While suspects ordinarily seek ways to reduce their sentence or prove their innocence, a human rights lawyer accused of royal defamation has dismissed his defence lawyers, called no witnesses and challenged the court’s authority in protest against injustice. On 8 May 2018, the Bangkok Criminal Court heard a witness in the case where human rights lawyer Prawet Prapanukul, 57, is accused of violating Article 112 of the Criminal Code, the royal defamation law. Before the testimony began, Prawet had a heated 30-minute argu
The 57-year-old l?se majest? convict recalled his life in jail with a smile and a laugh, even when he talked about one of his most traumatic memories -- his suicide attempt. In the early years of his imprisonment, he was overwhelmed, not by grief or despair, but anger -- the anger at the fact that his bail requests were repeatedly rejected.
After the seven years of imprisonment, the magazine-editor-turned-majest? convict has been released and vowed to continue his fight for democracy in Thailand. On 30 April 2018, Somyot Pruksakasemsuk, a royal defamation convict, was released from the Bangkok Remand Prison.
Citing weak evidence, a Bangkok court has dismissed a l?se majest? charge against a singer-turned-red-shirt activist who made a comparison between Thailand and Denmark, where the King has to stop at traffic lights. His three other royal defamation charges remain, however. On 29 March 2018, the Criminal Court, Bangkok, acquitted Thanat Thanawatcharanon, 60, also known as Tom Dundee, a former country singer and a red-shirt activist, of a l?se majest? charge.
A court in Kamphaeng Phet has dismissed royal defamation charges against two suspects accused of making false claims about Princess Sirindhorn in an alleged scam.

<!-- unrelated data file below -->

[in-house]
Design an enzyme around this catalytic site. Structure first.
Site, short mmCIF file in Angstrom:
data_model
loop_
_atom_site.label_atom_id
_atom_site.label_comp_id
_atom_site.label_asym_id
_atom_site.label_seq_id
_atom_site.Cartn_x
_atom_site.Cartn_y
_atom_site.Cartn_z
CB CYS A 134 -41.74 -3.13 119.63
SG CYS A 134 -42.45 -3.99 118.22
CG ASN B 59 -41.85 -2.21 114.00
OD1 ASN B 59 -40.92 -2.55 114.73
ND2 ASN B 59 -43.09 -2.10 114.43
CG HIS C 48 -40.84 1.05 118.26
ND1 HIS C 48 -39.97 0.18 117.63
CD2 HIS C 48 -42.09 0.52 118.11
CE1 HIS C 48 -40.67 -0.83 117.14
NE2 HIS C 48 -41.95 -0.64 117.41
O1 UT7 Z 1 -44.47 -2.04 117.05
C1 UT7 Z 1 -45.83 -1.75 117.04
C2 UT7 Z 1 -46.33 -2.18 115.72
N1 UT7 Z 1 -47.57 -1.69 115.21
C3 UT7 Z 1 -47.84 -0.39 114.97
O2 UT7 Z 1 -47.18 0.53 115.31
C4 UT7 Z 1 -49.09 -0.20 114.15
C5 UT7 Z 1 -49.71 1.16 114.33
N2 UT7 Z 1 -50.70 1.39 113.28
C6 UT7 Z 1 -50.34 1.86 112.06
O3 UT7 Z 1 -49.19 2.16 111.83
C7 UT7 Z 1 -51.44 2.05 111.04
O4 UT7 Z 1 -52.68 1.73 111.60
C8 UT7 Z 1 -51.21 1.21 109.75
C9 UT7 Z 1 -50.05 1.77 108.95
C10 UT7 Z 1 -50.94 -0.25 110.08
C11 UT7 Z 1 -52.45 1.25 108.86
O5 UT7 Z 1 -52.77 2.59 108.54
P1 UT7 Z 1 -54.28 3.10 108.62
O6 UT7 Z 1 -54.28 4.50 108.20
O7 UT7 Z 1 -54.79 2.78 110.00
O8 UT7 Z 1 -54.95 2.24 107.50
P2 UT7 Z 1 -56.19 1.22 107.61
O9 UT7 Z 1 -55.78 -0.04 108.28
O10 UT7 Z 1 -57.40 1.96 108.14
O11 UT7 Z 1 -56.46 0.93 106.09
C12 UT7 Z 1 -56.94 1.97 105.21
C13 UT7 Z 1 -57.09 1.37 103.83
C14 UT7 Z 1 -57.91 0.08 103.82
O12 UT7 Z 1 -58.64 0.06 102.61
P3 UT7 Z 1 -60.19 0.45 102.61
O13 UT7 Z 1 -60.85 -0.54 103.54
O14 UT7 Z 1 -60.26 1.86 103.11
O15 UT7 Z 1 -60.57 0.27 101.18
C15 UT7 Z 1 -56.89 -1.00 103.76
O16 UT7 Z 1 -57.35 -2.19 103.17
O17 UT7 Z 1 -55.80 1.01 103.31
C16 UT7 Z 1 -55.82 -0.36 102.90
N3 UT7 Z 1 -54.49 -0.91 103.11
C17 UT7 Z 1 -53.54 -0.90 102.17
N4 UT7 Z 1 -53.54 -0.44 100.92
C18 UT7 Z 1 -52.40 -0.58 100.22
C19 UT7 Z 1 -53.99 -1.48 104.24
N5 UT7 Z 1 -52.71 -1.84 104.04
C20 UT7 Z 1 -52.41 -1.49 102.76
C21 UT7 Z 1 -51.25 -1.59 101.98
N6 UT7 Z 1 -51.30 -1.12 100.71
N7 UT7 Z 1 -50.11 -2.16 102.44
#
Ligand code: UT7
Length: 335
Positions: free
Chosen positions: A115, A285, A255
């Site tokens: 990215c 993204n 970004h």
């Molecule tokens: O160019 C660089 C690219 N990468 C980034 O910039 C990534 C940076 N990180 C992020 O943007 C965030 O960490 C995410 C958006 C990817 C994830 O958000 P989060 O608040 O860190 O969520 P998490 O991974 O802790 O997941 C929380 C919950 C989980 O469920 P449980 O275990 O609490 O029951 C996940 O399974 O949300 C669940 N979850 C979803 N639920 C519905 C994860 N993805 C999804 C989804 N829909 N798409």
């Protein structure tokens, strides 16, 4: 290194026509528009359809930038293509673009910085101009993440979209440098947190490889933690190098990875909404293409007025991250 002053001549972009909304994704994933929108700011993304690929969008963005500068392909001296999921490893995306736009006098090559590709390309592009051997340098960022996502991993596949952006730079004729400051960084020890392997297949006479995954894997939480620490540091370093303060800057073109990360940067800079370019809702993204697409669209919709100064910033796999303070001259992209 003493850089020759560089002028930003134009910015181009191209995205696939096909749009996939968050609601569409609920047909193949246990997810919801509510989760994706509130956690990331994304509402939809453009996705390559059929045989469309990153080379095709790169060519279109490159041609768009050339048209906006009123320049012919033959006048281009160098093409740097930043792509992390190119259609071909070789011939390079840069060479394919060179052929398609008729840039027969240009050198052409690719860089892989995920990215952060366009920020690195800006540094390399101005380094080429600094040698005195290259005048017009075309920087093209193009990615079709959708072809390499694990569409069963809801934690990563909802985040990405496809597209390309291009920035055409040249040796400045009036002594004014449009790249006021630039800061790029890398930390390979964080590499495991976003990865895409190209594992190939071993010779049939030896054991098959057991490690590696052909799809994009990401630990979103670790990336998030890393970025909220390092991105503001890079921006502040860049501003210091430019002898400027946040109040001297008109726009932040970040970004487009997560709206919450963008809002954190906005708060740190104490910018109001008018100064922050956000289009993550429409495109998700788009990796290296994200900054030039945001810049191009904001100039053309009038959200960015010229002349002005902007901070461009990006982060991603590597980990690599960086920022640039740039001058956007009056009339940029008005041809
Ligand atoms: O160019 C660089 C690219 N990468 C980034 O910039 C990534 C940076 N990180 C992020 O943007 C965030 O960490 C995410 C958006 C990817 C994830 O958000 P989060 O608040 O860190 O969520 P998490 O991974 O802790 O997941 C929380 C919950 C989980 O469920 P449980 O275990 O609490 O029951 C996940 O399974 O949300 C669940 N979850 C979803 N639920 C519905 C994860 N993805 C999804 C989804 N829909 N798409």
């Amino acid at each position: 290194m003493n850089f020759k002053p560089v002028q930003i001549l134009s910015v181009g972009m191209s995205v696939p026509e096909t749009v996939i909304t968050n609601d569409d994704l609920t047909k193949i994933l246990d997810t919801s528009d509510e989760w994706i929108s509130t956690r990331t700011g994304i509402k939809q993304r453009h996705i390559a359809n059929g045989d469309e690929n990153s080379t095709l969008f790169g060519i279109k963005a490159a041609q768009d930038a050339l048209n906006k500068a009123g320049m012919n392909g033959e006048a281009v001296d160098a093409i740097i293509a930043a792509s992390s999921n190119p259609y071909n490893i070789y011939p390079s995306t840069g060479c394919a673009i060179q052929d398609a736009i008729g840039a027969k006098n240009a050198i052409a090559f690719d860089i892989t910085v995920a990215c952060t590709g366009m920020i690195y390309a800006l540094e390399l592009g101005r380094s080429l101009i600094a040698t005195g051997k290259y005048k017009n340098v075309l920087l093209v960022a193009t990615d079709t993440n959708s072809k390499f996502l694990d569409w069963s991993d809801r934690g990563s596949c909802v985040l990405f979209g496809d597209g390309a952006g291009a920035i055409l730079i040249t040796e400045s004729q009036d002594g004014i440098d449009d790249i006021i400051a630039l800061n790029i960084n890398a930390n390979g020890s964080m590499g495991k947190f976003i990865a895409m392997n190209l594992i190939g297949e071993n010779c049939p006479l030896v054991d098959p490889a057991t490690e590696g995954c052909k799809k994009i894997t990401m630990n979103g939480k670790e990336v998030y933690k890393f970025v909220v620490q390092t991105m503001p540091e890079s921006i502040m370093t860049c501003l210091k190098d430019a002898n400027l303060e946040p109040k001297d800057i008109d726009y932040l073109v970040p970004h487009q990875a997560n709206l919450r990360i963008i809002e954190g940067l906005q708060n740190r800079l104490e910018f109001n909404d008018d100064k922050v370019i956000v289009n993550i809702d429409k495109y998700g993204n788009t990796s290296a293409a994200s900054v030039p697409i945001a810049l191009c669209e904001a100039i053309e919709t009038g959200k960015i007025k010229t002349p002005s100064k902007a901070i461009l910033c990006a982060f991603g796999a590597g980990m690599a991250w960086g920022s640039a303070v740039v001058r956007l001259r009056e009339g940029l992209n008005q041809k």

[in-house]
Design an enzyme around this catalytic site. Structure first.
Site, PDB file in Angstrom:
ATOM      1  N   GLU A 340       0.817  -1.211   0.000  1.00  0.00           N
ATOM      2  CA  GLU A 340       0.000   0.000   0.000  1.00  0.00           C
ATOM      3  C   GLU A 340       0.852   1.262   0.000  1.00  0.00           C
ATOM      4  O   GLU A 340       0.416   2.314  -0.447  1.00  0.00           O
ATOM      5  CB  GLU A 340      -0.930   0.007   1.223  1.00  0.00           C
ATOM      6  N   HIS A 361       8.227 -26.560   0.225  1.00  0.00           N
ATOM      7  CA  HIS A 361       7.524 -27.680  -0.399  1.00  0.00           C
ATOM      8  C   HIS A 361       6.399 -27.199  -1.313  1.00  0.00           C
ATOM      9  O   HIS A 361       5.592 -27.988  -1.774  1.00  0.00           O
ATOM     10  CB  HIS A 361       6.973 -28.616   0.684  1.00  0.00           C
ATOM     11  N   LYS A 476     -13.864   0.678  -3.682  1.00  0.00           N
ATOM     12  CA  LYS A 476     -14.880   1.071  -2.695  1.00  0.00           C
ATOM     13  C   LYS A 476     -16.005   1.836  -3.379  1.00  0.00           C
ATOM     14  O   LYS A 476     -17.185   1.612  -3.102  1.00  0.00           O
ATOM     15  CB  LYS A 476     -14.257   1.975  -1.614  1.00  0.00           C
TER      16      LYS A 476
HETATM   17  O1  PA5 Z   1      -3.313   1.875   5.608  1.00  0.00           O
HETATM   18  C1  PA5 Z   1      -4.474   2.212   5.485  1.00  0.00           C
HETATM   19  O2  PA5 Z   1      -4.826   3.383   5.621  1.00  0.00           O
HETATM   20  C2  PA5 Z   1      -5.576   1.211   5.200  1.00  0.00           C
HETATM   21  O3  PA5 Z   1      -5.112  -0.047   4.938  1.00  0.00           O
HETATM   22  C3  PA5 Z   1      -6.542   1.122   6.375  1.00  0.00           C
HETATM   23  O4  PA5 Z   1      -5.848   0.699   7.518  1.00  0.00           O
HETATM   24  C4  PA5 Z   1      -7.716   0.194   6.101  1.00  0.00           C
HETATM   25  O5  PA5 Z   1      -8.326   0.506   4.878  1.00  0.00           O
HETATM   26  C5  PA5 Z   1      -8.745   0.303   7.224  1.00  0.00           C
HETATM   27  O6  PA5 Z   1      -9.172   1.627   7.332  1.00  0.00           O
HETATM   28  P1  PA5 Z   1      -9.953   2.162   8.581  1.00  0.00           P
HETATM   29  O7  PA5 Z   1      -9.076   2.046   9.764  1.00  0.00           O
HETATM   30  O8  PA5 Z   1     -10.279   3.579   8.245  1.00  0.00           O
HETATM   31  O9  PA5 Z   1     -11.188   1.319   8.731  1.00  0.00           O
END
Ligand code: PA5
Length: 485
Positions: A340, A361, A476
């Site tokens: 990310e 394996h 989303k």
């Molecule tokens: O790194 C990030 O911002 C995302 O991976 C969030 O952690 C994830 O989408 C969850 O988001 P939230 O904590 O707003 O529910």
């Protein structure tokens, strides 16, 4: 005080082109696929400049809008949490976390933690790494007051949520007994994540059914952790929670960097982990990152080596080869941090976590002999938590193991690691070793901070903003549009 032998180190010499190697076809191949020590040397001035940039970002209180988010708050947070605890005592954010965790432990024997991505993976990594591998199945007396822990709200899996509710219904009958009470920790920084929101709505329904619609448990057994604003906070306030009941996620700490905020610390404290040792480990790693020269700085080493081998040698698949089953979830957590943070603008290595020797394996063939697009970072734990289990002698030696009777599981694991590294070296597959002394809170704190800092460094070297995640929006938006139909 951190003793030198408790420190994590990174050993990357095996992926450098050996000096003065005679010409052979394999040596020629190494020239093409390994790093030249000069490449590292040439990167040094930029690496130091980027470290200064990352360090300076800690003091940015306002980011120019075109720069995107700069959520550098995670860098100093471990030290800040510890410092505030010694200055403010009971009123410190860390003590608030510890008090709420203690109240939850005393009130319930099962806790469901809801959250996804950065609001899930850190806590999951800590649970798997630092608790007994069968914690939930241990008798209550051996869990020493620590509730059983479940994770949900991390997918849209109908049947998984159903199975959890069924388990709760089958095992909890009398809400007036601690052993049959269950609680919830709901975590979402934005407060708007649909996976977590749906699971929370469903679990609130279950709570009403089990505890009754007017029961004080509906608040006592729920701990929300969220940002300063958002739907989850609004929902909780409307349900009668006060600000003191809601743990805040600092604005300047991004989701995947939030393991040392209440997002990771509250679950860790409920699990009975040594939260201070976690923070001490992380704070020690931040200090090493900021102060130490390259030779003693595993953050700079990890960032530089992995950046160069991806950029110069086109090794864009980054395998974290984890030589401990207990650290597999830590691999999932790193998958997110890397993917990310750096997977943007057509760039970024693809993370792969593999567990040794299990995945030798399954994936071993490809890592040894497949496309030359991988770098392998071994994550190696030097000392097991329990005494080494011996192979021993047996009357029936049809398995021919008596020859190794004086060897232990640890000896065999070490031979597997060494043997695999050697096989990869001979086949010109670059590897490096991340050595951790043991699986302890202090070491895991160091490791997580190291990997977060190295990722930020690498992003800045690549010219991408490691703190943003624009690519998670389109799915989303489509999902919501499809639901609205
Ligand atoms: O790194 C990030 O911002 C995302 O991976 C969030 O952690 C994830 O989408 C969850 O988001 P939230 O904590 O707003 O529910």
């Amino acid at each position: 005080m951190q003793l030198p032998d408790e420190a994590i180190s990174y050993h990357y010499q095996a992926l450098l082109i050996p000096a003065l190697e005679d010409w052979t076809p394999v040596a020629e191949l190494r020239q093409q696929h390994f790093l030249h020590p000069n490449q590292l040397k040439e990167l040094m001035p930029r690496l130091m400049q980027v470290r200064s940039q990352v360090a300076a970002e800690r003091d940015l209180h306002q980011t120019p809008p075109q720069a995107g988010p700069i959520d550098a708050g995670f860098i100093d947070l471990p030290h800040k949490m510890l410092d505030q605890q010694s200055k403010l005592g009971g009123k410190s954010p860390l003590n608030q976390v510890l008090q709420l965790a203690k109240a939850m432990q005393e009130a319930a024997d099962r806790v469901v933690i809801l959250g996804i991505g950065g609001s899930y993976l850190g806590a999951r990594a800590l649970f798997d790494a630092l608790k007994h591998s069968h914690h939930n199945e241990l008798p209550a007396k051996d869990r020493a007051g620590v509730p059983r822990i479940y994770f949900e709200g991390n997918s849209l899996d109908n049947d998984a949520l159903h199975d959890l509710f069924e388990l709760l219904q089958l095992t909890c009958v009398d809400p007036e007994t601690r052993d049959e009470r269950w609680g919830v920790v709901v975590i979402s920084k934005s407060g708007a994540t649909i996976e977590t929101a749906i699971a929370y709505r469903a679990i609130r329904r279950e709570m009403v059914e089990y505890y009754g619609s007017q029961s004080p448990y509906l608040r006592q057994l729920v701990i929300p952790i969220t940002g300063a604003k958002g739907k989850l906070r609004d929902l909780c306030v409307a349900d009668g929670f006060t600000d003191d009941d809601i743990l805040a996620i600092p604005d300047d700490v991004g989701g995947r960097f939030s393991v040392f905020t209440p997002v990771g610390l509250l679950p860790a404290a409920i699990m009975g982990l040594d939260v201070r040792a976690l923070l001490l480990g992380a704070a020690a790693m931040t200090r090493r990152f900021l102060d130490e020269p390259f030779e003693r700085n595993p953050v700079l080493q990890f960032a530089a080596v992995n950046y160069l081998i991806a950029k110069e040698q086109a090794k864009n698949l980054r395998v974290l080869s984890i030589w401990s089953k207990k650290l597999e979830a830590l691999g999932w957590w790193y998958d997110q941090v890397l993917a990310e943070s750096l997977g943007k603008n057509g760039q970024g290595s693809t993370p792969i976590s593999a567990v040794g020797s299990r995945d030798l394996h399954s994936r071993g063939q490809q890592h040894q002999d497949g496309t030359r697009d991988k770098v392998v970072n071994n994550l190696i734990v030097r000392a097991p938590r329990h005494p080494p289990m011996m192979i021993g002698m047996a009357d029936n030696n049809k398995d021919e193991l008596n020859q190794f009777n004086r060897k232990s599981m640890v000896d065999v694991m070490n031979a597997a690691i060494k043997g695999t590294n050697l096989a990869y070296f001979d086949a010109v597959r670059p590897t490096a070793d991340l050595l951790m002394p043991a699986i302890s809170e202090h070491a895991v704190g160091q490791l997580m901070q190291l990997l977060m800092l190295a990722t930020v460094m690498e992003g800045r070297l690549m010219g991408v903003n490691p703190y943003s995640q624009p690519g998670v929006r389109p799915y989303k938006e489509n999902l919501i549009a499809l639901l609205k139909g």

Would you pay over 200,000 baht for a painting that you cannot hang even in your house? A group of businessmen has won the bid for a portrait of an exiled historian by a satirical cartoon page.
“Goodbye” might be a symbol of the end of love for most people, but for a lèse majesté exiled junta critic, Nuttigar Woratunyawit, saying goodbye is an act of love.
A singer-turned-red-shirt-activist has pleaded guilty to a fourth lèse majesté charge for comparing Thailand with Denmark, where the King has to stop at traffic lights. On 13 February 2018, the Bangkok Criminal Court tried Thanat Thanawatcharanon, 60, whose stage name is Tom Dundee, on a charge of lèse majesté, a violation of Article 112 of the Criminal Code, for a speech at a red-shirt rally in 2011 in Lamphun Province. According to the prosecutor, Thanat’s speech constituted
A full account of Chanoknak Ruamsap, the latest lèse majesté suspect on the moment she learned about the charge and why she decided to flee Thailand.
Sulak Sivaraksa, a renowned Thai social critic, reflects on his latest lèse majesté case and his experience petitioning to the King.